Rise of the Planet of the Apes is not a remake of the 1968 classic movie Planet of the Apes. It is the re-imagined prequel of how apes begin their trek towards dominating humankind. The premise of the story is that a research scientist, Dr. Rodman (James Franco) and his team are trying to find a cure for Alzheimer’s disease and they are using primates to study the effects of drug ALZ112 before conducting human trials. Coincidently, Dr. Rodman’s father (portrayed by John Lithgow) has Alzheimer’s. Needless to say, things soon go awry as the experimental ape named Bright Eyes seemingly goes berserk and the program is scrapped by euthanizing all the apes in the study. However, Bright Eyes’ offspring (Caesar) survives, receiving the drug in utero. It is only a matter of time before the inevitable happens – awareness, rebellion, and chaos.
The movie contains a plethora of references to the original movie. The first one that I noticed was the name of the research primate – Bright Eyes. (Bright Eyes is the name that Zira gives Taylor in the 1968 movie.) Other references are the classic lines: “It’s a madhouse – a madhouse!” and “Get your stinking paws off me, you damned, dirty ape.” (previously uttered by Heston but now belonging to Dodge Landon (Tom Felton), who by the way, gets what he deserves.) Other recognizable references include Felton’s character of Dodge Landon being a combination of two characters in the original movie (Dodge and Landon were the other two astronauts that were on the ship with Taylor.) Some other references include Caesar playing with a Statue of Liberty puzzle (a homage to the original ending), the orangutan named Maurice (named for Maurice Evans who played Dr. Zaius), the primates watching a Charlton Heston movie (The Agony and the Ecstasy), and the head of the research facility named Jacobs (in honor of Arthur Jacobs who produced the Planet of the Apes movie.) I’m sure there are more, but that’s all I caught on the first viewing of this film.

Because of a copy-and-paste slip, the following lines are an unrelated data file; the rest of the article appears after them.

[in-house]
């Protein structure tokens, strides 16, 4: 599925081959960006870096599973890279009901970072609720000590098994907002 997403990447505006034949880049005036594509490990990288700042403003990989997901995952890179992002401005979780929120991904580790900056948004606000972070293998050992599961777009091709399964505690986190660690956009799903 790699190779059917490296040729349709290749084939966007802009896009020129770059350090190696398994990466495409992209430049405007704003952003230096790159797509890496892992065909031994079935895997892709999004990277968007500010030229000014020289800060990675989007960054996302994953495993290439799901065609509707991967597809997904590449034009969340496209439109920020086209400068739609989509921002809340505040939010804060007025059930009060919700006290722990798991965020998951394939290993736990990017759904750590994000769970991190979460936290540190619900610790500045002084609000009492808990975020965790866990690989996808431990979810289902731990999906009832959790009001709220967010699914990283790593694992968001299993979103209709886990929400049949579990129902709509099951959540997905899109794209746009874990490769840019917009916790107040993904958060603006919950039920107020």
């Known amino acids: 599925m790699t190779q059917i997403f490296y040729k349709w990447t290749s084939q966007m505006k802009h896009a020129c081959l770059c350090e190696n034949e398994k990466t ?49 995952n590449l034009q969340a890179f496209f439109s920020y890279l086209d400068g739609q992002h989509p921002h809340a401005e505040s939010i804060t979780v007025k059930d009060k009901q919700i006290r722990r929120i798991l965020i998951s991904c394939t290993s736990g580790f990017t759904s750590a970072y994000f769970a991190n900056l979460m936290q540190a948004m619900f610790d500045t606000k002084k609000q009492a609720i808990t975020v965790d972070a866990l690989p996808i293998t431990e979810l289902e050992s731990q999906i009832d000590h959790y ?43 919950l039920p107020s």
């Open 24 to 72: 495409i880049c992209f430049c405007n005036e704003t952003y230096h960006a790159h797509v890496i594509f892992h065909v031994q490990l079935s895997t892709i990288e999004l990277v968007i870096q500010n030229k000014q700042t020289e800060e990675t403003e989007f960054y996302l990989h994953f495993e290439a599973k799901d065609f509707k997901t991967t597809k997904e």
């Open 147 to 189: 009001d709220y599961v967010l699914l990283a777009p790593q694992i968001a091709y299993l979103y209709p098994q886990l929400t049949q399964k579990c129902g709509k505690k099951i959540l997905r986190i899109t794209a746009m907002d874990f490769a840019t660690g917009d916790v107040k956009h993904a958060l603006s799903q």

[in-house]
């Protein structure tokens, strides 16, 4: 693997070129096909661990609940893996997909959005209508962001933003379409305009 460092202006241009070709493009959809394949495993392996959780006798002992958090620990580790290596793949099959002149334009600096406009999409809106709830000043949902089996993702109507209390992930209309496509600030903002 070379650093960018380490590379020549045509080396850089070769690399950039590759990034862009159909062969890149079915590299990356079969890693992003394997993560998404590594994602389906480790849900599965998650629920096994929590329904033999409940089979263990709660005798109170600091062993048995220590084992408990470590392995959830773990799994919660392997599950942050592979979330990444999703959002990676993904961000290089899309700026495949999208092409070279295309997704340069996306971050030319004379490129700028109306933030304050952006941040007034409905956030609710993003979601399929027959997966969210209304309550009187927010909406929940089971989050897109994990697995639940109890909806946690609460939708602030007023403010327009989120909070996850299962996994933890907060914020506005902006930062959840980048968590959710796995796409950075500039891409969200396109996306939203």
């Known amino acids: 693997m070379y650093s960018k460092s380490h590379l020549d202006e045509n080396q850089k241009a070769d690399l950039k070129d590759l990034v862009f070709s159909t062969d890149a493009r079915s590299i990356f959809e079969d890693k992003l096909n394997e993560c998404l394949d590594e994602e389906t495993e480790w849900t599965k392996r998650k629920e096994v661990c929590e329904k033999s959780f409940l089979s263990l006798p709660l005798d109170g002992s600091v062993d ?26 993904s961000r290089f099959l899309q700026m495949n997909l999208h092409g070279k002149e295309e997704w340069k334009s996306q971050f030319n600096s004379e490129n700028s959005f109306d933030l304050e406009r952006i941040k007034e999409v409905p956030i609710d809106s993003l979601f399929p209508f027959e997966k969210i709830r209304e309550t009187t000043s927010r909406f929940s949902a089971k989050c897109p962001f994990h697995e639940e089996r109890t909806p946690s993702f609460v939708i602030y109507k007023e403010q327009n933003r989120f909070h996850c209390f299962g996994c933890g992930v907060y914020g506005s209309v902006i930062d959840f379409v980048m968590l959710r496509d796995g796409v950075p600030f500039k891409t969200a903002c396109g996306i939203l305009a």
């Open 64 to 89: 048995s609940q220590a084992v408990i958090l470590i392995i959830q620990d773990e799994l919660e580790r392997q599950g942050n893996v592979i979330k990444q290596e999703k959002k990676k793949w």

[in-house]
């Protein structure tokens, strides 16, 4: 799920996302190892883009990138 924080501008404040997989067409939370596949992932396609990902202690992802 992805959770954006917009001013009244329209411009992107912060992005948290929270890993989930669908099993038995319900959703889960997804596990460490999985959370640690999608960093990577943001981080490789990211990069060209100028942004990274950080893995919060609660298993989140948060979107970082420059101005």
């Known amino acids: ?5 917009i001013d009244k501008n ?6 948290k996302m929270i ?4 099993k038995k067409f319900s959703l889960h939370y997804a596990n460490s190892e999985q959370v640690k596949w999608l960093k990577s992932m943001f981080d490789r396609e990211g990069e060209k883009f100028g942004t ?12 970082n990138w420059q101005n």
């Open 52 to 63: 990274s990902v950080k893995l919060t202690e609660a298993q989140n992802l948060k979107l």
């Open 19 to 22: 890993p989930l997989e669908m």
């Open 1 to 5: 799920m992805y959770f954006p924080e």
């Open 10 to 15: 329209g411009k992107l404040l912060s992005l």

The computer generated apes are visually appealing and blend in well with their human counterparts. It’s hard to tell where the real world end and the CGI world begins, although I am pretty sure that I have never seen apes on the Golden Gate Bridge on any of my previous drives. Andy Serkis as Caesar conveys a range of emotions as he goes from a beloved member of his adopted human family to a being aware of his status in the world and his determination to control his surroundings.
The movie’s ending can be summed up in one word: sequel. It is so predictable that you can see how this is going to play out: humans succumb to a virus, apes have immunity, apes take over the world, chaos, and more chaos.
Do yourself a favor and read Pierre Boulle’s 1963 novel, Planet of the Apes, which is a quite different from the 20 th Century Fox movie version. In this novel, interstellar space traveler and French journalist Ulysse Merou is catapulted into a world resembling earth only to find that it is ruled by apes. You won’t find many similarities to any ape movie and there is a surprise ending, but I do recommend reading it. It’s still available through the popular on-line book retailer (you know which one.) If you are a die-hard lover of the genre it won’t diminish your love of the series, it will enhance it.